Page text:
Friday, September 09, 2011

Weekly Reader

QR Codes Explained by Common Craft
"You may have seen these little codes around.  They're in newspapers, on storefronts and products.  They're called Quick Response (QR) Codes and they're meant to used with your smartphone. They could be a very big deal in the future.  This video is one of our most requested titles and explains how QR codes make the real world clickable." -- Lee Lefever, Common Craft, 9/6/11

To Fix Higher Education, Start by Eliminating Tenure
"No one knows for sure if the higher education is the next "on-the-bubble" industry that is about to burst, but there certainly is considerable concern about the sustainability of traditional higher education. It's not that anyone suspects the top tier institutions are in jeopardy. But with over 3,500 institutions, and many of them struggling to attract sufficient students while balancing their budgets, there is a good chance some will not be here in the next decade. In response to the many problems faced by colleges and universities, a whole host of experts have written books offering solutions for what ails higher education." -- Steven Bell, Library Journal , 9/6/11

(Moral) Hazards of Scanning for Plagiarists: Evidence from Shoplifting
"Students are being scanned as well to make sure that the words in their papers were not swiped from other sources.  Scanning papers began a decade ago when anti-plagiarism software was created to compare the phrases of student papers with other sources.  The leading anti-plagiarism software is Turnitin, which compares student papers with academic journals, Internet web pages and its library of previously submitted papers.  On its home page, Turnitin quotes an instructor as saying, “I used to spend hours on Google searching for unusual wording when I suspected that the paper was not written by the student. Now, I can search quickly with Turnitin!” -- David Harrington, David Harrington Economist, 9/4/11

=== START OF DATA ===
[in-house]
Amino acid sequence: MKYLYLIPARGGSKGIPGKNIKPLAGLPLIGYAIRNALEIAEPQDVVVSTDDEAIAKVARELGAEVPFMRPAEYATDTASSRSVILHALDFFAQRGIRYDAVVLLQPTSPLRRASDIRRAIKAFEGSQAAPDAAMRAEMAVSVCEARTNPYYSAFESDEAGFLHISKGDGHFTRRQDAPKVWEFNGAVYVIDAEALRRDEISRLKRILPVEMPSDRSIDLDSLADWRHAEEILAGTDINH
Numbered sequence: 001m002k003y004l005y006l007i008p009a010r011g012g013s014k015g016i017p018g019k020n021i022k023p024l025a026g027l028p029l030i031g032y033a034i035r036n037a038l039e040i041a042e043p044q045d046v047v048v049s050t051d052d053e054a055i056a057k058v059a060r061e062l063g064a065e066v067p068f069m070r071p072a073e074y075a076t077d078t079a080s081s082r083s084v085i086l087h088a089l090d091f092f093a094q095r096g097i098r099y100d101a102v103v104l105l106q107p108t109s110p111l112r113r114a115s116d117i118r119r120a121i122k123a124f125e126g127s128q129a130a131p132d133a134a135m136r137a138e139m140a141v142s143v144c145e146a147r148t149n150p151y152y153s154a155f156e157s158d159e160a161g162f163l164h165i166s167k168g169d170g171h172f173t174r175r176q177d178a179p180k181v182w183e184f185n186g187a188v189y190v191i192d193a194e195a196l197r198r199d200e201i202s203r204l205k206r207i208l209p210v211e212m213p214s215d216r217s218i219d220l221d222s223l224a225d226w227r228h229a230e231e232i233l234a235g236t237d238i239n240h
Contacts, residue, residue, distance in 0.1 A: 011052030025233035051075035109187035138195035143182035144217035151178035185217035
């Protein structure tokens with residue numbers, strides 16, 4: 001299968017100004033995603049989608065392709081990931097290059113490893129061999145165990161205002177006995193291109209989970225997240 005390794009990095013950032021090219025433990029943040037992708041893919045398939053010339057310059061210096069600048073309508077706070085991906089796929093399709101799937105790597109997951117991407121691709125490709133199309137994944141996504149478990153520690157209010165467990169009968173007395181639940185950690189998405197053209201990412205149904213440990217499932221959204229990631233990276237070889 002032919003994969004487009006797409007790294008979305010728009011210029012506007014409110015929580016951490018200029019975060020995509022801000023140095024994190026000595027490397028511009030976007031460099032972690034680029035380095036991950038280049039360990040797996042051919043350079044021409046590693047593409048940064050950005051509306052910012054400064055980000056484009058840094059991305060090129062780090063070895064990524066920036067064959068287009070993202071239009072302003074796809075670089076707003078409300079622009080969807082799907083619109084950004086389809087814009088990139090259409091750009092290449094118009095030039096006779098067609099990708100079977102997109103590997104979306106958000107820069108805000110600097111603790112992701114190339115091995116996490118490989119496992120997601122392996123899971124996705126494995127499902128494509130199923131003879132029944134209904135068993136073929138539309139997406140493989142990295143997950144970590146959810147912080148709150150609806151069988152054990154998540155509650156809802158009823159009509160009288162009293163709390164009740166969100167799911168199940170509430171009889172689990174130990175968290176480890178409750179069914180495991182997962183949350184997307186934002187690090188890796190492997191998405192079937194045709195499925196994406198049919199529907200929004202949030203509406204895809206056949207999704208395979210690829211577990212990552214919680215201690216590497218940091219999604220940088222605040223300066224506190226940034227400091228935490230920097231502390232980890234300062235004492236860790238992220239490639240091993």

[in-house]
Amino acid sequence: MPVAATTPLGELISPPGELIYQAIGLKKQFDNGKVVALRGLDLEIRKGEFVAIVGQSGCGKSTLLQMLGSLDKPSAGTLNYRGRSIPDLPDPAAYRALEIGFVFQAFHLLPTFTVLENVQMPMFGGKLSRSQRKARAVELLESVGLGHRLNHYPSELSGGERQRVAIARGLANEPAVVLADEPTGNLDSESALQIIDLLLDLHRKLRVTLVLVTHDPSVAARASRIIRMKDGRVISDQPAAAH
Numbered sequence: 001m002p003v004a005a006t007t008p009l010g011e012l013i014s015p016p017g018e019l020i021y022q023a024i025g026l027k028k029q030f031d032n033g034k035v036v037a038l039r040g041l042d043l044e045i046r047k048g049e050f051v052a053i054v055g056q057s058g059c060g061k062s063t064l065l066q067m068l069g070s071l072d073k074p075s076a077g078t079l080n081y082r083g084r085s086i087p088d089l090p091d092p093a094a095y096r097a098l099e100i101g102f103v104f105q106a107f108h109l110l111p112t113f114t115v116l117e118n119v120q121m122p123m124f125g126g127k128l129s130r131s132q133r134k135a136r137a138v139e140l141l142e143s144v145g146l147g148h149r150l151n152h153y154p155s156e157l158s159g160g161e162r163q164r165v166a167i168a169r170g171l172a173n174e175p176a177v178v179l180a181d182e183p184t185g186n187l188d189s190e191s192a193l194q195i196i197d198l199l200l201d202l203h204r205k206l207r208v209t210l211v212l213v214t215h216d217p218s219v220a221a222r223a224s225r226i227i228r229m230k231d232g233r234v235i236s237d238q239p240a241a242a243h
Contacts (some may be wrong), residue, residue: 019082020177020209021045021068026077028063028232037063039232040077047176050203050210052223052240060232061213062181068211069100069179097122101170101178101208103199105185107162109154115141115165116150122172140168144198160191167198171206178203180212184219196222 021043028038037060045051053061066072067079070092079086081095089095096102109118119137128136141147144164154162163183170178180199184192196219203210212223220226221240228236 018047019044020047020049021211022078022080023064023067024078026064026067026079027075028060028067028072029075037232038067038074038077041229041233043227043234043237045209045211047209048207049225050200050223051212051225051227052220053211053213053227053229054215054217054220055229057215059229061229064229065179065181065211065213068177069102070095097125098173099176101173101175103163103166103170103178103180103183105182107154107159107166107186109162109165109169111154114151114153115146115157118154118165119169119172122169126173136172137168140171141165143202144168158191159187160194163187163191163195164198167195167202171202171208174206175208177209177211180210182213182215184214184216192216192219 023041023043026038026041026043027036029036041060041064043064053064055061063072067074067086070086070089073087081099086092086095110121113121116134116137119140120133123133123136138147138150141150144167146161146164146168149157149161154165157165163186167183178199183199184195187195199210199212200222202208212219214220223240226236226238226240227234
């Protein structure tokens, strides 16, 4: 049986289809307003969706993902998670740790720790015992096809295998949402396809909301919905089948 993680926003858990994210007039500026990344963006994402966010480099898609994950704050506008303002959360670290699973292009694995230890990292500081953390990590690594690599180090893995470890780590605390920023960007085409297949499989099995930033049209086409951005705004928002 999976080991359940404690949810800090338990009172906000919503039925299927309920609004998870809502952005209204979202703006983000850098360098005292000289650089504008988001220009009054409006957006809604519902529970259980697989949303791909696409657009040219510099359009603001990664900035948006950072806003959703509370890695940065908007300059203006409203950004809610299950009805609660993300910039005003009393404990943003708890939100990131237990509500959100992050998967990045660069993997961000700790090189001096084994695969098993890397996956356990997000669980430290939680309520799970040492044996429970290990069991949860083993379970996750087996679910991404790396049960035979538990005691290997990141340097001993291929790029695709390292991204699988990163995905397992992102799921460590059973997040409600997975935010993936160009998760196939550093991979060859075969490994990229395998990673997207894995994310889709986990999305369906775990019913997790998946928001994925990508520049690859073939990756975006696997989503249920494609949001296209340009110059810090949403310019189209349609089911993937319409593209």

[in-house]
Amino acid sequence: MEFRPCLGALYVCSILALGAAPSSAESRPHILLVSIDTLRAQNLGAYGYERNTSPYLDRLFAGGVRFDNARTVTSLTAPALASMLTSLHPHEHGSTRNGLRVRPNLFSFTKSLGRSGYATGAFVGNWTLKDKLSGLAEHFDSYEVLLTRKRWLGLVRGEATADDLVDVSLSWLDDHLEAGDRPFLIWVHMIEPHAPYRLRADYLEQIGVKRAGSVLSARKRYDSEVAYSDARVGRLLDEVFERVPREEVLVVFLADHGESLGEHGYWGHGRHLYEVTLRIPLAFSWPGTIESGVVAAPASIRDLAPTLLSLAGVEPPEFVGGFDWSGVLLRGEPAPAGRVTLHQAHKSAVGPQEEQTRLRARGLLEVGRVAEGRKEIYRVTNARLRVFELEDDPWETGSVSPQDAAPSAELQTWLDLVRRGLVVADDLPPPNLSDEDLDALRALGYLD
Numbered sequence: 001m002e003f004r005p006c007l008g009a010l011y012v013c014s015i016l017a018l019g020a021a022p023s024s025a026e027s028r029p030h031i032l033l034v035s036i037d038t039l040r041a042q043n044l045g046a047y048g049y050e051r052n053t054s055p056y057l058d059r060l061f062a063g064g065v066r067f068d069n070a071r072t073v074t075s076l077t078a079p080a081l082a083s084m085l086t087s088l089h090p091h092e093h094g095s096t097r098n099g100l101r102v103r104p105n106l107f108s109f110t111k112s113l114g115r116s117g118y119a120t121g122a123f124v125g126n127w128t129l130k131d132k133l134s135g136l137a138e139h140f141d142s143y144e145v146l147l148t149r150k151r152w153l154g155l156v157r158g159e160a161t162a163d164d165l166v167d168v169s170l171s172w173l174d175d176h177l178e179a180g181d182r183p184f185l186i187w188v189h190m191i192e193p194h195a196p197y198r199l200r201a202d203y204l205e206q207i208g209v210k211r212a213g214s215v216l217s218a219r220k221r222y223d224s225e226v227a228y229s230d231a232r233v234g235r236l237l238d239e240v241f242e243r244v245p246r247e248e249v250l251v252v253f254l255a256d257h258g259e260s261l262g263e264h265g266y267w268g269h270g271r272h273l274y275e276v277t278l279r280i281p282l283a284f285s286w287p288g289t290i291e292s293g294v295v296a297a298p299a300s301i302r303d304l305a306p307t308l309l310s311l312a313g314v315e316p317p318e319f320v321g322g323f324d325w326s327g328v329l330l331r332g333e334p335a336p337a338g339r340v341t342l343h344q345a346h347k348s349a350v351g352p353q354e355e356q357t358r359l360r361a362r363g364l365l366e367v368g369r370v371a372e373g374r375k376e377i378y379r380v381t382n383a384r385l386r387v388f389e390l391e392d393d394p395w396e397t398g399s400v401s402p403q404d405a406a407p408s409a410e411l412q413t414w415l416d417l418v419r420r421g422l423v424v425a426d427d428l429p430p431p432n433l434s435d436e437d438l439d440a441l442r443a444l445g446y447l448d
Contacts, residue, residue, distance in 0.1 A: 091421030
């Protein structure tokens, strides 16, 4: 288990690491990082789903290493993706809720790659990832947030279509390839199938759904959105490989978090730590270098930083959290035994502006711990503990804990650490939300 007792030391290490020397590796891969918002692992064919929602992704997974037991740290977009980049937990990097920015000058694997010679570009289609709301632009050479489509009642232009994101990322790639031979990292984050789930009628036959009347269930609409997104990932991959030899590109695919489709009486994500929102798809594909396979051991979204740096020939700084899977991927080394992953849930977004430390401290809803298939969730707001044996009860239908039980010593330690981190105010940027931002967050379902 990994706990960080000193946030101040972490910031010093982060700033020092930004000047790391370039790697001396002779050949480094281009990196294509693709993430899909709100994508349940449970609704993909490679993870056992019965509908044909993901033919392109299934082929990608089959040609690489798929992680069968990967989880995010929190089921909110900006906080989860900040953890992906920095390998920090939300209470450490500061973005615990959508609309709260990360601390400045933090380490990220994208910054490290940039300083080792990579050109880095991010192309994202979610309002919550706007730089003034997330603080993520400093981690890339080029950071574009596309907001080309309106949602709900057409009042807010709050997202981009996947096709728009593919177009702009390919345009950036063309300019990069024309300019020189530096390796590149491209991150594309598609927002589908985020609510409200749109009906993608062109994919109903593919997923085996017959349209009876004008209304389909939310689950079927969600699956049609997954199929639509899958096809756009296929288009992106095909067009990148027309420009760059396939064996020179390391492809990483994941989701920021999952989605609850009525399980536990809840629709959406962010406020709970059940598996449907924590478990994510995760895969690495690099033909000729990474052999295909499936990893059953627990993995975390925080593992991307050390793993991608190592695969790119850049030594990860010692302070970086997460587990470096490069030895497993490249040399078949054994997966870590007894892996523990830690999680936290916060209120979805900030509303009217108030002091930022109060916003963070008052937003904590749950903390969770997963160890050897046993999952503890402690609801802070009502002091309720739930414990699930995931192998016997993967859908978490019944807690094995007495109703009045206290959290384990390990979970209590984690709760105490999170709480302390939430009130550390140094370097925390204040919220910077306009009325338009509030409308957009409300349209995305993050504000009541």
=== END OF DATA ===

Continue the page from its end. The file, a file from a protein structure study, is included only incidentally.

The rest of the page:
Trading In ‘.edu’ for ‘.com’
"The news that, after what seems like forever, new Internet domain names will be allowed has sparked conversations among college CIO’s and communication specialists about the limits of the “.edu” domain. The news has also provoked serious talk about what might be gained by trading in those three letters strongly linked to higher education for Web addresses like “” or even something that ends in “.weberstate” or “.brownuniversity.”" -- Josh Fischman, The Wired Campus, 9/2/11

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